My family recently returned from a trip to Africa with a bunch of photos of wildlife. We were halfway into a marathon of lions, wildebeests, and secretary birds when we came upon a close-up shot of a giraffe (not pictured above). And suddenly, it occurred to me that I didn't know why giraffes have horns. I raised the question, promised to research, and report back.
And the result of my exhaustive search of the internets: we don't really know. Based on what I've found, it's likely that the horns of the giraffe are an example of what Steven J. Gould called "spandrels" -- structures or adaptations that served as a support for some other function. In the case of giraffes, biologists know that the ancestors of giraffes had antlers, much like deer. Antlers are made of protrusions of bone which are shed and regrown each year. The giraffe's "horns" however, are not antlers -- they are permanent outcroppings of bone from the skull, called "ossicones." Giraffes are born with them, and they are covered with hair (except for adult males, who wear away the fur at the end). A best guess is that the giraffe's "horns" were originally support structures for their antlers -- sockets that supported the large racks which deer find so handy during mating season in their tests of strength and dominance. To speculate a bit, as giraffes grew taller, and their necks thinner, the violent frontal assaults of the mating ritual would have become dangerous. Instead, giraffes joust by wrapping their necks around each other (pictured at right) and banging the back of their skull, and sometimes their forehead, into the skull of their opponent. For this purpose, giraffes additionally have bony protuberances above their eyes and at the back of their heads -- just visible in the illustration above. But this method of fighting renders antlers at the top of the head useless -- as you can see, the horns remain pointing more or less into the air. There's a strong chance that it was partly because of this that giraffes lost their horns.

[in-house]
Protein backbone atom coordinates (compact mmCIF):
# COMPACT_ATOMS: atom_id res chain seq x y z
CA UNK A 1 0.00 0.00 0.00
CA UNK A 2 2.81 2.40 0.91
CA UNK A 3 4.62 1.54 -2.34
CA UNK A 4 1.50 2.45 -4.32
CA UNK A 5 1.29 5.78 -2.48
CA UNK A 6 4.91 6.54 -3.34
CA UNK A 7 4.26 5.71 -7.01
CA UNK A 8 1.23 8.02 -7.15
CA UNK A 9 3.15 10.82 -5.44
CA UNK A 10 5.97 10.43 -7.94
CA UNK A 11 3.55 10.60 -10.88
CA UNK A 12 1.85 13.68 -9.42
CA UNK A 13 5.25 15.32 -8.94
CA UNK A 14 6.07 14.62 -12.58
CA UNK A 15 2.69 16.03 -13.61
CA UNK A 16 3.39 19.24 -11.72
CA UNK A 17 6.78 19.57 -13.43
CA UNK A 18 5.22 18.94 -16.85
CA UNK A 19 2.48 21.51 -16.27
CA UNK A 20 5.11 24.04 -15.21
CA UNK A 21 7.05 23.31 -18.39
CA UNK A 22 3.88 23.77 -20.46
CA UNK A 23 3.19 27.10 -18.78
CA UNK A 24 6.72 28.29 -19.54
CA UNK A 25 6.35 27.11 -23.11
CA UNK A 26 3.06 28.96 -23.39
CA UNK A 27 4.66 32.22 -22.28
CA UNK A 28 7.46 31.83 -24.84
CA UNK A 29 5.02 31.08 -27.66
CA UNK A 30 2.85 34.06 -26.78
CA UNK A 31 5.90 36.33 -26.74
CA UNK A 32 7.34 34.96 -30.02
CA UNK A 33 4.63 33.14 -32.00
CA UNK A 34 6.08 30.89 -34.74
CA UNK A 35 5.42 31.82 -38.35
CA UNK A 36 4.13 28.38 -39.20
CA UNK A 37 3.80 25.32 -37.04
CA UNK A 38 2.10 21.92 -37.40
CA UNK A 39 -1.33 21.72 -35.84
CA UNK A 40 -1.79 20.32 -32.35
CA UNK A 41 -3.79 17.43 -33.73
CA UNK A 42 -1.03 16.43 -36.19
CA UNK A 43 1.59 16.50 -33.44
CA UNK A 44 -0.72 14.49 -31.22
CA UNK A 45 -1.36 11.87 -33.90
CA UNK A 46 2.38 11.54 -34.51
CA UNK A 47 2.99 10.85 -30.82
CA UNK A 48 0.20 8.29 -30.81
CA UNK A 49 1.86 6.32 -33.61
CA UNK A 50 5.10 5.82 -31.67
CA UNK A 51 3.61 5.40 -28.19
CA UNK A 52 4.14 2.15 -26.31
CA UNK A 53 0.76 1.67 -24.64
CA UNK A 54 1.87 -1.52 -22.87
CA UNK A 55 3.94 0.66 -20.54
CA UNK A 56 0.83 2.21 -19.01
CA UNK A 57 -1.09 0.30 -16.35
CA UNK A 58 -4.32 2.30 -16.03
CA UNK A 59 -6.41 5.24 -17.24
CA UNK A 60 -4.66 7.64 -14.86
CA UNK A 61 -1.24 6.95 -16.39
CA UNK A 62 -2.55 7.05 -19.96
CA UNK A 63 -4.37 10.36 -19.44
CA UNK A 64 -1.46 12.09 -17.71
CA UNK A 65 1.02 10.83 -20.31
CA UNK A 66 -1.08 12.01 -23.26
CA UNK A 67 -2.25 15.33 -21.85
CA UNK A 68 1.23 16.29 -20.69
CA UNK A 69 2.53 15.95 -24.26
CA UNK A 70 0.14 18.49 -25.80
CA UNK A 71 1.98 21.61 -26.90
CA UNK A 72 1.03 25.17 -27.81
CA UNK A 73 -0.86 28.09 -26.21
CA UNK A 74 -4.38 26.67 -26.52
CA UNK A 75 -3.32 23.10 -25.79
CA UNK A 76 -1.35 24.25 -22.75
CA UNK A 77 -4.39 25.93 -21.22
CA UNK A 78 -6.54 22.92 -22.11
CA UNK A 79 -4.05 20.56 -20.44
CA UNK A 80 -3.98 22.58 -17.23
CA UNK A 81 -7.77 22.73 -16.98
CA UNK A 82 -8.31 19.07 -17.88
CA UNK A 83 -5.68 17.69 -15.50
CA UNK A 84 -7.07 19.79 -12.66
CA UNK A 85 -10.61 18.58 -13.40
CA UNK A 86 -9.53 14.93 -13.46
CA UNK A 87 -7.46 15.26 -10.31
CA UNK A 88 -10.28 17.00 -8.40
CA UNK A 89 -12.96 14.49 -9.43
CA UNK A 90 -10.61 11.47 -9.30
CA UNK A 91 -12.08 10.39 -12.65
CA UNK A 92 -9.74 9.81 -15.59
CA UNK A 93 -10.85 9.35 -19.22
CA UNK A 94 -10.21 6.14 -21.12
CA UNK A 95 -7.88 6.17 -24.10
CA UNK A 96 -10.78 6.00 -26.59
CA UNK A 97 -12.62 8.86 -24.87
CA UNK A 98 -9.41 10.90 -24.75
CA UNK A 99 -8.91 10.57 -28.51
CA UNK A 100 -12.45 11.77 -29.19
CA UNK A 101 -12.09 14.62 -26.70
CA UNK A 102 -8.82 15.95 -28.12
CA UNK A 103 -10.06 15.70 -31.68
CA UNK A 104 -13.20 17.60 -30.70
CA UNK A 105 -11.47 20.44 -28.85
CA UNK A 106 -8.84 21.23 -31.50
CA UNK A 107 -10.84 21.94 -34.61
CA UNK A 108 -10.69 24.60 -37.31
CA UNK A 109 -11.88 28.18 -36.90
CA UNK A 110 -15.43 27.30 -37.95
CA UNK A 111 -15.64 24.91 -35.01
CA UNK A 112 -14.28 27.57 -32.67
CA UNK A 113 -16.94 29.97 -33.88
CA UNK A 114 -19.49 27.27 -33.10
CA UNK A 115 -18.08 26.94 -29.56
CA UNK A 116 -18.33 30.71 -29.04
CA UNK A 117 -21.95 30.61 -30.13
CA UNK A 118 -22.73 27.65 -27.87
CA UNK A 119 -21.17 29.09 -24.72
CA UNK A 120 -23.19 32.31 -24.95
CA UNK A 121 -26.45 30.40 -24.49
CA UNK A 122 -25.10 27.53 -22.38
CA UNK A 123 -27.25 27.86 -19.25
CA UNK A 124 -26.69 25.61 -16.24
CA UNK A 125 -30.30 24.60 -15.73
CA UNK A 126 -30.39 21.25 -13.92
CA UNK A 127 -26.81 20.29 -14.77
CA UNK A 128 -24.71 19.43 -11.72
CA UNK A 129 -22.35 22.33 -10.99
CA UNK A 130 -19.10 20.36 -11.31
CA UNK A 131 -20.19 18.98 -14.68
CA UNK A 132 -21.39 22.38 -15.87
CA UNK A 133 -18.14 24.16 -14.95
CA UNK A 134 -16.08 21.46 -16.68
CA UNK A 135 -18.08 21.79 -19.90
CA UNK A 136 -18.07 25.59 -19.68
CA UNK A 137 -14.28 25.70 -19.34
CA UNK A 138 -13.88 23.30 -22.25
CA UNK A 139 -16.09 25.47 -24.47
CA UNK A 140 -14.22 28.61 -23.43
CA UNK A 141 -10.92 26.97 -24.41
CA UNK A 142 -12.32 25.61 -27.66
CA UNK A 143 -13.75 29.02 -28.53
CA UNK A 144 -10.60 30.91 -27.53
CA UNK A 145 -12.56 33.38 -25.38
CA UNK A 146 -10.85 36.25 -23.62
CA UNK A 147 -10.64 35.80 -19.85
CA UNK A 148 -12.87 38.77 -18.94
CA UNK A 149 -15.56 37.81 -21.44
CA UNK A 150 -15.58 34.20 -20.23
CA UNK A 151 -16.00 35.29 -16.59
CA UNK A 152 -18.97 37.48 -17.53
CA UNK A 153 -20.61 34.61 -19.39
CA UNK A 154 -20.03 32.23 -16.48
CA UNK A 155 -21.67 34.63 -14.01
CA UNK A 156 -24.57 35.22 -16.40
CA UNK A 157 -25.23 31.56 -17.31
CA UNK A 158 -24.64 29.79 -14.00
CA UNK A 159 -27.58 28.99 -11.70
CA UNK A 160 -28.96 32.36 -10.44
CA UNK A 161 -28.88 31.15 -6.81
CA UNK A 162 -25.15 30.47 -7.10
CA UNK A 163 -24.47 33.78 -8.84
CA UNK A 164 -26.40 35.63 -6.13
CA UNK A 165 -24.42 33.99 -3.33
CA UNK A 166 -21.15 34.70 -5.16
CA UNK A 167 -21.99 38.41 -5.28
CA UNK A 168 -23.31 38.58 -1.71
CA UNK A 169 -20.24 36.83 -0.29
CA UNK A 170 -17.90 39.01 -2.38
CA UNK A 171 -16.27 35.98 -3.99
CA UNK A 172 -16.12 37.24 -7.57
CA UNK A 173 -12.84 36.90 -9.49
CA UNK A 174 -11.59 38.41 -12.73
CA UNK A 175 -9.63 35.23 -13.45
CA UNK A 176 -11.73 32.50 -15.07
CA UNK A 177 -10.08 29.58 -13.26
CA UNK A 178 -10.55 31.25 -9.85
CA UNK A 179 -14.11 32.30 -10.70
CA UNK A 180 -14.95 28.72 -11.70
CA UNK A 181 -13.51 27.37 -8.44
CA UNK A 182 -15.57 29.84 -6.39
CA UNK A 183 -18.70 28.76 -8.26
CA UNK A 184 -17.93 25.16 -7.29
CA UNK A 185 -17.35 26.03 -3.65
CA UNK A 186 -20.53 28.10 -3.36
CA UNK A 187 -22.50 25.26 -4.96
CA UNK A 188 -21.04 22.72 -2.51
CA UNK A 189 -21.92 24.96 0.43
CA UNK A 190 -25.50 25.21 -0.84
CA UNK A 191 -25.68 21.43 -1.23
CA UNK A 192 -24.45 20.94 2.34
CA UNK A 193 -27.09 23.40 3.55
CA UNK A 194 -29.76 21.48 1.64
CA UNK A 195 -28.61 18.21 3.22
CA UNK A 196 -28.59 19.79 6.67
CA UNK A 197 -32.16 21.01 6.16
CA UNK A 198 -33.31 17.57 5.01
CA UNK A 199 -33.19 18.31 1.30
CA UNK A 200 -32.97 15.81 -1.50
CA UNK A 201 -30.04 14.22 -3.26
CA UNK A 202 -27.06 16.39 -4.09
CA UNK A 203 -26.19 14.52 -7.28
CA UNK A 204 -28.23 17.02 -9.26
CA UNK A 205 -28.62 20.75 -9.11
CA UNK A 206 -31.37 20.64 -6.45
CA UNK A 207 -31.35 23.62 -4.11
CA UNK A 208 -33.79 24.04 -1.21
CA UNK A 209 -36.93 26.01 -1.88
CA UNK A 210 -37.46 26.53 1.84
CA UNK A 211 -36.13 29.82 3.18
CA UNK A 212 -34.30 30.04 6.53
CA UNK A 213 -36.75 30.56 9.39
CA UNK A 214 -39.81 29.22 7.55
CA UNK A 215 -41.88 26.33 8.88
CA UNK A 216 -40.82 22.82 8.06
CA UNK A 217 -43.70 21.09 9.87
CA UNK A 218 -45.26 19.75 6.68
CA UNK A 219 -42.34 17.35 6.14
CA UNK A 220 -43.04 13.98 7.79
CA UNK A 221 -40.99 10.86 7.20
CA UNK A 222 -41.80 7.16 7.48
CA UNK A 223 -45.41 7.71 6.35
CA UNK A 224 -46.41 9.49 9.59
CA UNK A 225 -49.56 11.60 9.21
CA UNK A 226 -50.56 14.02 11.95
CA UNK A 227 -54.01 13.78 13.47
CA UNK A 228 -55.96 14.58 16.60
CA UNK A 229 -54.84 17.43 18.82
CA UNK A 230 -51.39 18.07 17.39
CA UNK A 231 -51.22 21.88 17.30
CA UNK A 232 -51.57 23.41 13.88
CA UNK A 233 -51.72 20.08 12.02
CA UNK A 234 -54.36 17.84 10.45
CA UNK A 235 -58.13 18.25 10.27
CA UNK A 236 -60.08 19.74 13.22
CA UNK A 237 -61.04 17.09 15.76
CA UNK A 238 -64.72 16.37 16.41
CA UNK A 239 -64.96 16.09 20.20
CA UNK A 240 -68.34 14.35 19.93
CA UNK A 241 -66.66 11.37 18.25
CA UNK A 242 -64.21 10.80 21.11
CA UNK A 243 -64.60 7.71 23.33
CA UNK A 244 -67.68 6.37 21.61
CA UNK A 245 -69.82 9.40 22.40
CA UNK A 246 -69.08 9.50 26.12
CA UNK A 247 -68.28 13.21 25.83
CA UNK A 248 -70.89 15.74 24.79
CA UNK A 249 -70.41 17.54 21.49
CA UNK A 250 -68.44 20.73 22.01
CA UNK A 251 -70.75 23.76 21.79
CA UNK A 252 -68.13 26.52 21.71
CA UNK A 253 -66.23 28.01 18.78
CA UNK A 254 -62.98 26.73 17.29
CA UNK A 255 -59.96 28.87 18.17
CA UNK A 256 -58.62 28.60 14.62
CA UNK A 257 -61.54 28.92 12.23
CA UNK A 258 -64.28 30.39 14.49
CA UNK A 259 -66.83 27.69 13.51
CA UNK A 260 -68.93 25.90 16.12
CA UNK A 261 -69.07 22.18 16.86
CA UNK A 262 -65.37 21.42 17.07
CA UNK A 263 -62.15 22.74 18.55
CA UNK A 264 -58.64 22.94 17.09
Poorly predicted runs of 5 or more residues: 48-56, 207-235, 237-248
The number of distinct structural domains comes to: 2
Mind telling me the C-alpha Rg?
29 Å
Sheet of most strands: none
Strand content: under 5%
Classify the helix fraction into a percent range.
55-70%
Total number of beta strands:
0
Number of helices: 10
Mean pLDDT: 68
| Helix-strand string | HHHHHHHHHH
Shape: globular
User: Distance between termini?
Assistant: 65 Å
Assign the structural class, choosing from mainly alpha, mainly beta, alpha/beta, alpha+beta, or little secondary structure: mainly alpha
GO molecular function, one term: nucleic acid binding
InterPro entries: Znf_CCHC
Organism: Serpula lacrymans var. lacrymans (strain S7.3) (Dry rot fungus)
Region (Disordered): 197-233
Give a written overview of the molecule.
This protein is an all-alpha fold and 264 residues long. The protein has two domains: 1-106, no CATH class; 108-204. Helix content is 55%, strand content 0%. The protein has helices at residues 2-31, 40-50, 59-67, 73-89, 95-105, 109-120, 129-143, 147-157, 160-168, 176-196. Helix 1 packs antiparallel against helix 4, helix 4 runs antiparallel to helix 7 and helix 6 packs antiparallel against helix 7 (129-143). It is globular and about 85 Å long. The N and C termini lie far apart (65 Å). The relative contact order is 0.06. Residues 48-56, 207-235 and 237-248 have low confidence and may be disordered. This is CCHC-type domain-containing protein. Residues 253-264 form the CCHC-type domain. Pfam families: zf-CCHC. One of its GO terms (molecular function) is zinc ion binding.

But it is possible that the bone structures which supported those horns were not lost so easily -- resulting in ossicones.
Thus, the "horns" of the giraffe may present a strong example of a structure which no longer serves a purpose, because the antlers these horns were meant to anchor no longer exist. Gould loved to talk about such "spandrels" because they provided evidence of evolutionary by-products, evidence that creatures are not designed from the ground up, but adjusted and shifted over time. Sometimes, spandrels find a new, secondary function. And it may be that the horns of the giraffe do have some new purpose which biologists have been unable to suss out as yet. But it may be that they are evolutionary flotsam -- illustrations of the odd side-effects produced as evolution fiddles with a few thousand genes in order to produce the wild variety of physical forms we call life.